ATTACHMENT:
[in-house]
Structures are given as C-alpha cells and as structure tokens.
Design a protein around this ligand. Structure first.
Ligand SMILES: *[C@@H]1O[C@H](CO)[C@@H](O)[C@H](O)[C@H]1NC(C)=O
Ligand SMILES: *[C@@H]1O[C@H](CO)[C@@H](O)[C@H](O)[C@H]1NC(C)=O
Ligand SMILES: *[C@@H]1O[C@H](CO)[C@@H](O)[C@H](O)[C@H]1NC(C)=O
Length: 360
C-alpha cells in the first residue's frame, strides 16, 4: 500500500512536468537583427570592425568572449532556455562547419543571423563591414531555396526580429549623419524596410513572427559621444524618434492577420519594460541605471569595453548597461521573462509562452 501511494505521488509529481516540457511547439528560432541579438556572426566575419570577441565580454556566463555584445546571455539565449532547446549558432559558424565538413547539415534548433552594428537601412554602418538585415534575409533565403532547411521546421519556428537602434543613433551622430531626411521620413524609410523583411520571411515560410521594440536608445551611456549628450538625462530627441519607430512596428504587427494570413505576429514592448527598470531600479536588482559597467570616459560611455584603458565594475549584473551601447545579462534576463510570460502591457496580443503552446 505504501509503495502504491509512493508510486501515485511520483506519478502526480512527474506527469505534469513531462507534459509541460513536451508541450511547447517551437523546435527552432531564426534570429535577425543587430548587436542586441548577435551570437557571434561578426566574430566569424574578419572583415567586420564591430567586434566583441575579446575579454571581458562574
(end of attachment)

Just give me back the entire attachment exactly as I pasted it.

[in-house]
Structures are given as C-alpha cells and as structure tokens.
Design a protein around this ligand. Structure first.
Ligand SMILES: *[C@@H]1O[C@H](CO)[C@@H](O)[C@H](O)[C@H]1NC(C)=O
Ligand SMILES: *[C@@H]1O[C@H](CO)[C@@H](O)[C@H](O)[C@H]1NC(C)=O
Ligand SMILES: *[C@@H]1O[C@H](CO)[C@@H](O)[C@H](O)[C@H]1NC(C)=O
Length: 360
C-alpha cells in the first residue's frame, strides 16, 4: 500500500512536468537583427570592425568572449532556455562547419543571423563591414531555396526580429549623419524596410513572427559621444524618434492577420519594460541605471569595453548597461521573462509562452 501511494505521488509529481516540457511547439528560432541579438556572426566575419570577441565580454556566463555584445546571455539565449532547446549558432559558424565538413547539415534548433552594428537601412554602418538585415534575409533565403532547411521546421519556428537602434543613433551622430531626411521620413524609410523583411520571411515560410521594440536608445551611456549628450538625462530627441519607430512596428504587427494570413505576429514592448527598470531600479536588482559597467570616459560611455584603458565594475549584473551601447545579462534576463510570460502591457496580443503552446 505504501509503495502504491509512493508510486501515485511520483506519478502526480512527474506527469505534469513531462507534459509541460513536451508541450511547447517551437523546435527552432531564426534570429535577425543587430548587436542586441548577435551570437557571434561578426566574430566569424574578419572583415567586420564591430567586434566583441575579446575579454571581458562574